U.S. national team relishing opportunity to play at Azteca Stadium

Many of Jurgen Klinsmann's men will experience their first taste of the legendary stadium in Wednesday's friendly.
Much has been written and said about the irrelevance of the mid-August FIFA date. Admittedly, it's far from ideal, with teams partaking in only one game that takes place just prior to the kickoff of most European club seasons.

For the U.S. national team however, this particular FIFA date presents an opportunity that every American player will particularly relish: a meeting with Mexico at the famed Azteca Stadium.

“Coming down to Azteca is a special feeling for us,” goalkeeper Tim Howard said. “We want to play as good as we can, but it's a difficult environment.”

Mexican fans have famously made the environment especially difficult on American players, as insults have been the least of things hurled from the stands, which have also included batteries, coins and even bags of various human waste products.

The USA has an all-time record of 0-19-1 at the famous stadium, with the one draw coming via a 0-0 result in a 1998 World Cup qualifier. Most recently, the team fell 2-1 in a 2010 World Cup qualifier after taking an early 1-0 lead through a Charlie Davies goal.

“There's a lot of history at Azteca, worldwide history," Howard said. "For us, with Mexico being our neighbor and our rival it's special because that's their home and they honor that and it's very tough to win there."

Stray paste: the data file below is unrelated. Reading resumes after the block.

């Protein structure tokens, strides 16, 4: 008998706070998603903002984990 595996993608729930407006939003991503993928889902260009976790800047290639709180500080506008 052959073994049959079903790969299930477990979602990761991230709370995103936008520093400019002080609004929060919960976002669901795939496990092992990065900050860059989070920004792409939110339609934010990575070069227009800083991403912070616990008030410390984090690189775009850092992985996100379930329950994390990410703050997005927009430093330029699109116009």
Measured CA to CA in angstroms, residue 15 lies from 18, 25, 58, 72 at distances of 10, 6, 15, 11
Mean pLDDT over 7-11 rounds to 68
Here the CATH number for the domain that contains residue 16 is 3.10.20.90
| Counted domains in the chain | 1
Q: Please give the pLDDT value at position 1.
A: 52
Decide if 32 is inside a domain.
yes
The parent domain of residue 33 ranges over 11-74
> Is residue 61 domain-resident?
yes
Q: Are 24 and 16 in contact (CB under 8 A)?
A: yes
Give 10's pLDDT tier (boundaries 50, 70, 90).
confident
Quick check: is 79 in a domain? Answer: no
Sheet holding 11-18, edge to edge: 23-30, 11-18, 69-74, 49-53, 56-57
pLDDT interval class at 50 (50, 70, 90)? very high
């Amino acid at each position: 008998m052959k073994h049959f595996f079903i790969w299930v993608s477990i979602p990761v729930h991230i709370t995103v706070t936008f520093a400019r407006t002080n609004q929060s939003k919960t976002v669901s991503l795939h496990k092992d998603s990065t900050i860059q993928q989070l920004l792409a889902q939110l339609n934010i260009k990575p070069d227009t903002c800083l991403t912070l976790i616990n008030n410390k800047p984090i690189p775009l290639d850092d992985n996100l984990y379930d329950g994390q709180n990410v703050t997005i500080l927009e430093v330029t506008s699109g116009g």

Head coach Jurgen Klinsmann has called a mostly inexperienced roster for the match, with many players yet to experience a game against Mexico at the 105,000 seat stadium.

One of those players is left back Fabian Johnson, who will be looking for his seventh U.S. cap in Wednesday's game.

“I've never played here in Mexico, so I don't know what it's like,” Johnson said. “Everybody just told me it's going to be crazy and I'm looking forward to it.”

The Hoffenheim defender said he's used to playing in cavernous stadiums in Germany – he mentioned Borussia Dortmund's 80,000-seat Signal Iduna Park – but when told that the Azteca has held upwards of 120,000 before, he could only react by laughing and saying, “that's crazy- unbelievable.”

DaMarcus Beasley is the second-most capped player on the current roster with 96, and the 30-year-old has played in his share of USA-Mexico rivalry games during his career.

“You don't get a chance every day to play Mexico at Azteca,” Beasley said. “Hopefully the boys that will play get a great experience."

It hasn't always been great, but for the USA, Wednesday will be nothing if not an experience.

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